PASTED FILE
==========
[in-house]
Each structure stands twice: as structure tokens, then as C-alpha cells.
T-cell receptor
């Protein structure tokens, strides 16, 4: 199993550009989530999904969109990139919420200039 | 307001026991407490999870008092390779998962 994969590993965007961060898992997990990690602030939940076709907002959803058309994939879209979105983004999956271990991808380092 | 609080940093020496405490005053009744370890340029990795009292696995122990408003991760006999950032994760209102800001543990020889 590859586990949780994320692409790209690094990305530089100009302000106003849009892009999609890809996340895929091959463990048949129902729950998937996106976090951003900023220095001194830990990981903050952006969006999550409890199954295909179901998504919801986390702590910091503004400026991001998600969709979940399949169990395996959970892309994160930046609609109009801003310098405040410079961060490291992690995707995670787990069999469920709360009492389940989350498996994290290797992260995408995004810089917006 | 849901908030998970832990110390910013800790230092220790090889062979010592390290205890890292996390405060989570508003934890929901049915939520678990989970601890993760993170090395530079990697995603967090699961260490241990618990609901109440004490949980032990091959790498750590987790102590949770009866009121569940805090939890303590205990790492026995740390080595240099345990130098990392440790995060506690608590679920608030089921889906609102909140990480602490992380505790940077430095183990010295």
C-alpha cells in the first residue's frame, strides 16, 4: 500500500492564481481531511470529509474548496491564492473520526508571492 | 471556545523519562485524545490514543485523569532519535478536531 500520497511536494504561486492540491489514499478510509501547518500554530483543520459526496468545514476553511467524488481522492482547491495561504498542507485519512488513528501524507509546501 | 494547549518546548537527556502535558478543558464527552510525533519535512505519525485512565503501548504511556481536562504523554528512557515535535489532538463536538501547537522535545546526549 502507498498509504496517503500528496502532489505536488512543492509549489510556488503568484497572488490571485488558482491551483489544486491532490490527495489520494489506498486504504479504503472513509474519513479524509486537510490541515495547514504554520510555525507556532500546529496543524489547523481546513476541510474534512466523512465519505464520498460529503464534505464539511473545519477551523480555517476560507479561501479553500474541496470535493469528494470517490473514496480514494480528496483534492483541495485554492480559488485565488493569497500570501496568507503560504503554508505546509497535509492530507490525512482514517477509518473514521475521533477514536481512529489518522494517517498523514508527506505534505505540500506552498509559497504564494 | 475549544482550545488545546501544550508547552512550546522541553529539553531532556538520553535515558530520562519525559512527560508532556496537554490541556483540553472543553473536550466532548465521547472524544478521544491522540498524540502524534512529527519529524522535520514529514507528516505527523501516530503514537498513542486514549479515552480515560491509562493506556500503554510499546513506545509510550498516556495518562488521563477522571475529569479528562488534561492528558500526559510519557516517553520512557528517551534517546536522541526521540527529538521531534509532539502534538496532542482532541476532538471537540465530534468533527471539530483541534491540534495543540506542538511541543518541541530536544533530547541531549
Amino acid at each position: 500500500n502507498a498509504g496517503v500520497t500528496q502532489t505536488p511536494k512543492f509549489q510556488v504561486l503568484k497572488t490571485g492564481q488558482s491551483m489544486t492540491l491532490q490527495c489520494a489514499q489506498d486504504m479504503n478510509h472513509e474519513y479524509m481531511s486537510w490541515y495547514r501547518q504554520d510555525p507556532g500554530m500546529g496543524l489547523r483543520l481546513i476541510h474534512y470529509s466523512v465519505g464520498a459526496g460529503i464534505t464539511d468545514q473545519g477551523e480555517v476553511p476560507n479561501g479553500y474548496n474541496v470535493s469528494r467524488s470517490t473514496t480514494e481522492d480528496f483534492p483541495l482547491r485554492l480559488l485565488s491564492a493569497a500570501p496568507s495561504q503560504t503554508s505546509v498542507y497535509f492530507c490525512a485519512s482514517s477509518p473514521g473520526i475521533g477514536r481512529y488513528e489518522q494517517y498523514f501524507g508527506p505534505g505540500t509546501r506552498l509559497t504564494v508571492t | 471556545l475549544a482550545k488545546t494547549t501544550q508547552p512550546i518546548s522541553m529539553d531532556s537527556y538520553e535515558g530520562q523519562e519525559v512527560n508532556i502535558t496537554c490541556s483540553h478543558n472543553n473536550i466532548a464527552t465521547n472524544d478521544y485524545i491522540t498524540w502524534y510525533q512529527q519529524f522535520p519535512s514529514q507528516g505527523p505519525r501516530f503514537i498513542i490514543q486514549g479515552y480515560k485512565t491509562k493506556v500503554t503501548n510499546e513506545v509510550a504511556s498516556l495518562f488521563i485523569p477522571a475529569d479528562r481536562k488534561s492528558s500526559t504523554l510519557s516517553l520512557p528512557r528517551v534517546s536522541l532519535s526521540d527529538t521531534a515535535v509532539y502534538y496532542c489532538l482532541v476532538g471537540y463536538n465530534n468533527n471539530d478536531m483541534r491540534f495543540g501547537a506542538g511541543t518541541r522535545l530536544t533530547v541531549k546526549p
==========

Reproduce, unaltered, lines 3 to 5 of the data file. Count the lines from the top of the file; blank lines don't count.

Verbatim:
T-cell receptor
């Protein structure tokens, strides 16, 4: 199993550009989530999904969109990139919420200039 | 307001026991407490999870008092390779998962 994969590993965007961060898992997990990690602030939940076709907002959803058309994939879209979105983004999956271990991808380092 | 609080940093020496405490005053009744370890340029990795009292696995122990408003991760006999950032994760209102800001543990020889 590859586990949780994320692409790209690094990305530089100009302000106003849009892009999609890809996340895929091959463990048949129902729950998937996106976090951003900023220095001194830990990981903050952006969006999550409890199954295909179901998504919801986390702590910091503004400026991001998600969709979940399949169990395996959970892309994160930046609609109009801003310098405040410079961060490291992690995707995670787990069999469920709360009492389940989350498996994290290797992260995408995004810089917006 | 849901908030998970832990110390910013800790230092220790090889062979010592390290205890890292996390405060989570508003934890929901049915939520678990989970601890993760993170090395530079990697995603967090699961260490241990618990609901109440004490949980032990091959790498750590987790102590949770009866009121569940805090939890303590205990790492026995740390080595240099345990130098990392440790995060506690608590679920608030089921889906609102909140990480602490992380505790940077430095183990010295």
C-alpha cells in the first residue's frame, strides 16, 4: 500500500492564481481531511470529509474548496491564492473520526508571492 | 471556545523519562485524545490514543485523569532519535478536531 500520497511536494504561486492540491489514499478510509501547518500554530483543520459526496468545514476553511467524488481522492482547491495561504498542507485519512488513528501524507509546501 | 494547549518546548537527556502535558478543558464527552510525533519535512505519525485512565503501548504511556481536562504523554528512557515535535489532538463536538501547537522535545546526549 502507498498509504496517503500528496502532489505536488512543492509549489510556488503568484497572488490571485488558482491551483489544486491532490490527495489520494489506498486504504479504503472513509474519513479524509486537510490541515495547514504554520510555525507556532500546529496543524489547523481546513476541510474534512466523512465519505464520498460529503464534505464539511473545519477551523480555517476560507479561501479553500474541496470535493469528494470517490473514496480514494480528496483534492483541495485554492480559488485565488493569497500570501496568507503560504503554508505546509497535509492530507490525512482514517477509518473514521475521533477514536481512529489518522494517517498523514508527506505534505505540500506552498509559497504564494 | 475549544482550545488545546501544550508547552512550546522541553529539553531532556538520553535515558530520562519525559512527560508532556496537554490541556483540553472543553473536550466532548465521547472524544478521544491522540498524540502524534512529527519529524522535520514529514507528516505527523501516530503514537498513542486514549479515552480515560491509562493506556500503554510499546513506545509510550498516556495518562488521563477522571475529569479528562488534561492528558500526559510519557516517553520512557528517551534517546536522541526521540527529538521531534509532539502534538496532542482532541476532538471537540465530534468533527471539530483541534491540534495543540506542538511541543518541541530536544533530547541531549